The U.S. cited the HRC’s criticism of Israeli violence against Palestinians and the need for HRC members to increase their commitment to human rights as their reason for leaving. Though, the track record of U.S. foreign and domestic policy reveal the hypocrisy of their withdrawal.
In the News:
“Explicitly focusing on alleged anti-Israel bias the U.S. withdrew from further participation in the UN Human Rights Council. The only internationally credible basis for criticizing the HRC is its regrettable tendency to put some countries with the worst human rights records in leading roles, creating genuine issues of credibility and hypocrisy. Of course, such a criticism would never be made by the U.S. as it could only embarrass Washington to admit that many of its closest allies in the Middle East, and elsewhere have lamentable human rights records, and, if fairly judged, the U.S. has itself reversed roles since the year 2000, itself slipping into the category of the most serious human rights offenders. In this regard, its ‘withdrawal’ can be viewed as a self-imposed ‘suspension’ for falling short when it comes to the promotion and protection of human rights.
Undoubtedly, the U.S. was frustrated by its efforts to ‘reform’ the HRC according to its views of the UN agency should function, and blamed its traditional adversaries, Russia, China, Venezuela, Cuba, along with Egypt, with blocking its initiative. It also must not have welcome the HRC High Commissioner, Zeid Ra’ad al-Hussein, for describing the separation of children from their immigrant parents at the Mexican border as an ‘unconscionable’ policy.
In evaluating this latest sign of American retreat from its prior role as global leader, there are several considerations that help us understand such a move that situates the United States in the same strange rejectionist corner it now shares with North Korea and Eritrea:
- the fact that the U.S. withdrawal from the HRC occurred immediately after the Israeli border massacre, insulated from Security Council censure and investigation by a U.S. veto, is certainly part of political foreground. This consideration was undoubtedly reinforced by the HRC approval of a fact-finding investigation of Israel’s behavior over prior weeks in responding to the Great Return March border demonstrations met with widespread lethal sniper violence;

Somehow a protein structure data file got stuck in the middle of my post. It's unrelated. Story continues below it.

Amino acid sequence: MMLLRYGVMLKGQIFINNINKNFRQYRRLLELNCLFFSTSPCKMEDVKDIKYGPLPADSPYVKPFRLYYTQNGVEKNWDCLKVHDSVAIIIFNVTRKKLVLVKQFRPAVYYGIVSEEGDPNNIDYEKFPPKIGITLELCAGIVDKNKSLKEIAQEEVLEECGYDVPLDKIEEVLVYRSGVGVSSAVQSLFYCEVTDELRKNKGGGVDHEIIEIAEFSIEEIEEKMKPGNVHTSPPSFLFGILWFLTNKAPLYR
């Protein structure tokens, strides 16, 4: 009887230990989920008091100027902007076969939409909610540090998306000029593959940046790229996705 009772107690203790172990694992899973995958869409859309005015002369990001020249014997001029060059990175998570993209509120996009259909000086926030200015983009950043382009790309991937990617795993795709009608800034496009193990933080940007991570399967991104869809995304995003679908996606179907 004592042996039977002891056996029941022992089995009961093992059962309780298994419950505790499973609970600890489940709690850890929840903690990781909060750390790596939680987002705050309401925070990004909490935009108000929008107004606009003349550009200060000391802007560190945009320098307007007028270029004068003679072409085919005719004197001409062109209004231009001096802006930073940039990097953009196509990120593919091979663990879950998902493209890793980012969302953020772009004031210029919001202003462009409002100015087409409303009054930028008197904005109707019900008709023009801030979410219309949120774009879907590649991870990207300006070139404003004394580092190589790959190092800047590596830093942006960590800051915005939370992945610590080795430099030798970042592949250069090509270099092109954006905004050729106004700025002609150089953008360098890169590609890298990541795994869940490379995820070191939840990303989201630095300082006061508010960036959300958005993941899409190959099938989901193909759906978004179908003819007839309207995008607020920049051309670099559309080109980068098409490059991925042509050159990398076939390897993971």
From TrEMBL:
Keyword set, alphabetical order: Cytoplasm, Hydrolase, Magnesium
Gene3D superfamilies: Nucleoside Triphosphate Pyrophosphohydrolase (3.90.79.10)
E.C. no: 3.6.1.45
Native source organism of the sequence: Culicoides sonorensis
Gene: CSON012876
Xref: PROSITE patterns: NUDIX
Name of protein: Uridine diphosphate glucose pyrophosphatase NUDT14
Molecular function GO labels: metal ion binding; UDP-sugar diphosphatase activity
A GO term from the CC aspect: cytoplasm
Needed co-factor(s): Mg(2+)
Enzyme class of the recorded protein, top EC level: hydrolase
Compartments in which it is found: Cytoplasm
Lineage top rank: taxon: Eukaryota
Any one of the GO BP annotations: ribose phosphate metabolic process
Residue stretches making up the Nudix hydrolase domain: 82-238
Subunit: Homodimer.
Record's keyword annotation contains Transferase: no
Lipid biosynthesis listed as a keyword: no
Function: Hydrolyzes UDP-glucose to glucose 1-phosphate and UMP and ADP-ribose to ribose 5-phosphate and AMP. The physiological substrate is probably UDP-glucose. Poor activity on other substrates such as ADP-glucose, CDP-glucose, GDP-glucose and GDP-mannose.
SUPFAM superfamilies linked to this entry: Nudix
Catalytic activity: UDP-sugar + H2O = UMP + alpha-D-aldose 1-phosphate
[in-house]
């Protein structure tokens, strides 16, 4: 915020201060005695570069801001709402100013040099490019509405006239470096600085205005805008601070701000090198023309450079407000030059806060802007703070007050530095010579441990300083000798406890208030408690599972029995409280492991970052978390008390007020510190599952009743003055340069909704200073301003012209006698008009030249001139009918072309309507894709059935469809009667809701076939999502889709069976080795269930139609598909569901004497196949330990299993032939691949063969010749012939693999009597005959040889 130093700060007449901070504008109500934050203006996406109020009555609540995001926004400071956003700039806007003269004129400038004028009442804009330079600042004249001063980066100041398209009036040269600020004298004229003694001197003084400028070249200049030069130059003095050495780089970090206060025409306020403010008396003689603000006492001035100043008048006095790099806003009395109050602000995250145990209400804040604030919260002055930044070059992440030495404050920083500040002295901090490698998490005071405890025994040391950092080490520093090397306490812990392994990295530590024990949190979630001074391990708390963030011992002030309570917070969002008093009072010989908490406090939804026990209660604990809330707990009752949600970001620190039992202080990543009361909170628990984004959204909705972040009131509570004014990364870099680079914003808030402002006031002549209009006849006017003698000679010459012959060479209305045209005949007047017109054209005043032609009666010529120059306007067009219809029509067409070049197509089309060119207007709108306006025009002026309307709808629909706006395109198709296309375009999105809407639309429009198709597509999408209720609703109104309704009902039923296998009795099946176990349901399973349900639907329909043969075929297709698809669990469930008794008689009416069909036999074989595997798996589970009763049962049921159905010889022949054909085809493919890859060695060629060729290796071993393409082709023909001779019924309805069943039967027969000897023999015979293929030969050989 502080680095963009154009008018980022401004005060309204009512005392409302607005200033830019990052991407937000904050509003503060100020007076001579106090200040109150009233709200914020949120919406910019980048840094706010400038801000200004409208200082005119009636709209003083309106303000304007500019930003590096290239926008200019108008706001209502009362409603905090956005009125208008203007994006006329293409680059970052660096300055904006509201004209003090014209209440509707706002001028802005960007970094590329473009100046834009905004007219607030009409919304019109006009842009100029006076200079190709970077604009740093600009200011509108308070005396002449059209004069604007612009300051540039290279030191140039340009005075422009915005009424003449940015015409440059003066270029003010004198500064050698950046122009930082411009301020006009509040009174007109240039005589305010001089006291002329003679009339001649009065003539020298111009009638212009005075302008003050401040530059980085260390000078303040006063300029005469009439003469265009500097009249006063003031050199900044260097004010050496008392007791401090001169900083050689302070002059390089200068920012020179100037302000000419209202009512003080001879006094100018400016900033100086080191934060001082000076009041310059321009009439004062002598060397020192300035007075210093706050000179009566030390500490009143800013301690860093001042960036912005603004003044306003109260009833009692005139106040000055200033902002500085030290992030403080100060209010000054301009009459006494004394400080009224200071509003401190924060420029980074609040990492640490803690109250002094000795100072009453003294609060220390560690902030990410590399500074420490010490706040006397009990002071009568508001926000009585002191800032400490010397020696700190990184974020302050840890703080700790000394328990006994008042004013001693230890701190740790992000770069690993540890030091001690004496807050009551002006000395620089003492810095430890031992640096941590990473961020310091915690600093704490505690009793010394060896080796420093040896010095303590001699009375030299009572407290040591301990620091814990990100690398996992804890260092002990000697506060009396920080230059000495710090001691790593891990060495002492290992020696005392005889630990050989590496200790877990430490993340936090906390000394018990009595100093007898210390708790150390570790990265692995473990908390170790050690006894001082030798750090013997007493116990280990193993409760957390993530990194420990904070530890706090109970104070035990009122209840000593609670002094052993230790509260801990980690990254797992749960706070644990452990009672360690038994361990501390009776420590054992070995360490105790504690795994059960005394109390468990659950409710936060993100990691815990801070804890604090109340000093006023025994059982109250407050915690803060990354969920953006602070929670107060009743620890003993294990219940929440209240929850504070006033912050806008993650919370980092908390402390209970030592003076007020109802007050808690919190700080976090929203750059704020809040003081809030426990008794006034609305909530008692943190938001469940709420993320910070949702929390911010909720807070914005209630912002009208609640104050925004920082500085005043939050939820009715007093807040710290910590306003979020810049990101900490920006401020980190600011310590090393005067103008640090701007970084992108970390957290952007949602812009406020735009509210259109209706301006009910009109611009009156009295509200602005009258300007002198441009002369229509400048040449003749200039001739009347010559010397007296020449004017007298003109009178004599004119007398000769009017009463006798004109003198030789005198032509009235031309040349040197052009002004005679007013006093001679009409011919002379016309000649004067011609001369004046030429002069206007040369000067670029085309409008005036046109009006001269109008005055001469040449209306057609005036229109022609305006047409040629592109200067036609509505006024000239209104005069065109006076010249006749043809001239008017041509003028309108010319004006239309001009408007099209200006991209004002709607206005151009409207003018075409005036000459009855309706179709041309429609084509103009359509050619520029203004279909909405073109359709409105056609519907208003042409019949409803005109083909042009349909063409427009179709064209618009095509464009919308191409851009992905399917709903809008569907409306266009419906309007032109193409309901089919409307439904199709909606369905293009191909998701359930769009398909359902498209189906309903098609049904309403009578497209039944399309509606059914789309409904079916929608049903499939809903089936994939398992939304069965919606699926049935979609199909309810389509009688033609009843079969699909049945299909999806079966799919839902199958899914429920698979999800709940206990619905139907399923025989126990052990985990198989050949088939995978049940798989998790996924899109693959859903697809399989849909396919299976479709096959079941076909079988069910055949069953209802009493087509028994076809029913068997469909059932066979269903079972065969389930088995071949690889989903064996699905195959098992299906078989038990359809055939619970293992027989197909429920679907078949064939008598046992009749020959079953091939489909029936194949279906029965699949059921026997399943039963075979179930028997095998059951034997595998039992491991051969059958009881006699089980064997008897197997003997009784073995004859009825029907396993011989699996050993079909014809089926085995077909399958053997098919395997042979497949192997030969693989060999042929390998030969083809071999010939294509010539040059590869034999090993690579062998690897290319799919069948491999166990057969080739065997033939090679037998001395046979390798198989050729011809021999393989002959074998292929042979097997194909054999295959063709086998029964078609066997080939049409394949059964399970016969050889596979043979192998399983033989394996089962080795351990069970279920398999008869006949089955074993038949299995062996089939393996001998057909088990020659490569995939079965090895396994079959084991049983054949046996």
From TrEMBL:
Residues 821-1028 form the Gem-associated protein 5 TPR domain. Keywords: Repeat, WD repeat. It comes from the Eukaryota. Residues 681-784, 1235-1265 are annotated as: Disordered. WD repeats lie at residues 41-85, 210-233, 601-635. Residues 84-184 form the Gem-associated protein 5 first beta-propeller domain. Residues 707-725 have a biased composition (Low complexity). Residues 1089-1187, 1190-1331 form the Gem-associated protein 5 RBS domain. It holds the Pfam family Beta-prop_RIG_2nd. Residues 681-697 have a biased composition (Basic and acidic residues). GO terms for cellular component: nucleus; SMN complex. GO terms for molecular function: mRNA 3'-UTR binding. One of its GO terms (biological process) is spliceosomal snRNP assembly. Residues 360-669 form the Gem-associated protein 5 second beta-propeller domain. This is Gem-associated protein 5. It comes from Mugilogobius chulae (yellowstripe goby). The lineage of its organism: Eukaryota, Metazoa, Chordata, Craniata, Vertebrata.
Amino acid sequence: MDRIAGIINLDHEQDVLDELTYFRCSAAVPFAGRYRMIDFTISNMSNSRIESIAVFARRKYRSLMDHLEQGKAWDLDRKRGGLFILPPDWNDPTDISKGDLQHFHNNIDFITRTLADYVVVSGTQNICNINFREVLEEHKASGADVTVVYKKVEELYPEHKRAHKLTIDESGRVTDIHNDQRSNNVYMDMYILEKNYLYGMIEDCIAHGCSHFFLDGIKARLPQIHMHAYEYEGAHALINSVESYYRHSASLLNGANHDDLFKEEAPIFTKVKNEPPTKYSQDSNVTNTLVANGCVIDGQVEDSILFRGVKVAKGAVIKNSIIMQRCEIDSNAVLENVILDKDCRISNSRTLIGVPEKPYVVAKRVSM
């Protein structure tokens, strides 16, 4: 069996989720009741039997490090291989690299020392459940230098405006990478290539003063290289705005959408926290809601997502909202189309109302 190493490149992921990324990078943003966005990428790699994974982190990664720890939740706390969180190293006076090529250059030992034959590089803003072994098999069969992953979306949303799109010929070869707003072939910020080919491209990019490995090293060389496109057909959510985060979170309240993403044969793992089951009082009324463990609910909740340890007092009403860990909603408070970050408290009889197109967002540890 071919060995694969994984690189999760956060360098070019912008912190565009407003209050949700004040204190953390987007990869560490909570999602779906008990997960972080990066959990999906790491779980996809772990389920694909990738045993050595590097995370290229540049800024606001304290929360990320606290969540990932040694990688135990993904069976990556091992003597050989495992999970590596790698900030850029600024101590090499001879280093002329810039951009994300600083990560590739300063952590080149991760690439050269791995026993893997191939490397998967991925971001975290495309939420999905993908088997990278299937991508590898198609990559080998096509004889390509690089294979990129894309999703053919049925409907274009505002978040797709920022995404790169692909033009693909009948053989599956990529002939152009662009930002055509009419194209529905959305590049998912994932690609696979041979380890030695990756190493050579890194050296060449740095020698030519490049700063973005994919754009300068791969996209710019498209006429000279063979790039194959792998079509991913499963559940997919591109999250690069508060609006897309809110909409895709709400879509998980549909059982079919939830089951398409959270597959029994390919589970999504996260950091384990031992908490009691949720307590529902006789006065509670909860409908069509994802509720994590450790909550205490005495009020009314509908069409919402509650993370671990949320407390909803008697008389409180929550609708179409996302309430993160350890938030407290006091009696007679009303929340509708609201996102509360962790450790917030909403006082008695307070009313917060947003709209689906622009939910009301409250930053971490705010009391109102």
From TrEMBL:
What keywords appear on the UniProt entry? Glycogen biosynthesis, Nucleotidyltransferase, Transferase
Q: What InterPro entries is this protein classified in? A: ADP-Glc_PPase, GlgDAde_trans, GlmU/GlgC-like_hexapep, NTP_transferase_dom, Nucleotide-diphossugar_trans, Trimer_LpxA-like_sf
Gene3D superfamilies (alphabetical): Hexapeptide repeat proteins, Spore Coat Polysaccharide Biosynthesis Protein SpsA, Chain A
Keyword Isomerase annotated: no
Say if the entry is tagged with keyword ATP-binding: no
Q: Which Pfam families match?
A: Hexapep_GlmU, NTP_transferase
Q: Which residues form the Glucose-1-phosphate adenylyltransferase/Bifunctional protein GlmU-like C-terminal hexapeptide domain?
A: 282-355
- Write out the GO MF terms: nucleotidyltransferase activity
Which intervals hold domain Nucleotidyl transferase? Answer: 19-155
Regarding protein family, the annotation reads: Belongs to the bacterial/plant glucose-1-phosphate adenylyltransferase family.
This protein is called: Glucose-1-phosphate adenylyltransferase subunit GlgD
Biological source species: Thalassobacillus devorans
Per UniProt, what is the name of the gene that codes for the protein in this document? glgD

- in evaluating the UN connection to Palestine it needs to be recalled that the organized international community has a distinctive responsibility for Palestine that can be traced all the way back to the peace diplomacy after World War I when Britain was given the role of Mandatory, which according to the League of Nations Covenant should be carried out as a ‘sacred trust of civilization.’ This special relationship was extended and deepened when Britain gave up this role after World War II, transferring responsibility for the future of Palestine to the UN. This newly established world organization was given the task of finding a sustainable solution in the face of sharply contested claims between the majority Palestinian population and the Jewish, mainly settler population.
Insight from Peace Science:
- The U.S. is more likely to engage in a military campaign under the pretense of protecting human rights than for security reasons, such as threats to democracy or terrorist activity.
- When host countries are less relevant to U.S. security interests, the presence of U.S. troops in their country can lead to improved human rights practices. When host countries are more central to U.S. security interests, respect for human rights stays the same, or even decreases.
- “The U.S. Withdrawal from the UN Human Rights Council” By Richard Falk for TRANSCEND Media Service. June 25, 2018.
- Peace Science Digest: Vol. 1, Issue 5 “Motives of U.S. Intervention: Democracy, Human Rights and Terrorism”; Vol. 2, Issue 5 “Human Rights Implications Of Foreign U.S. Military Bases”.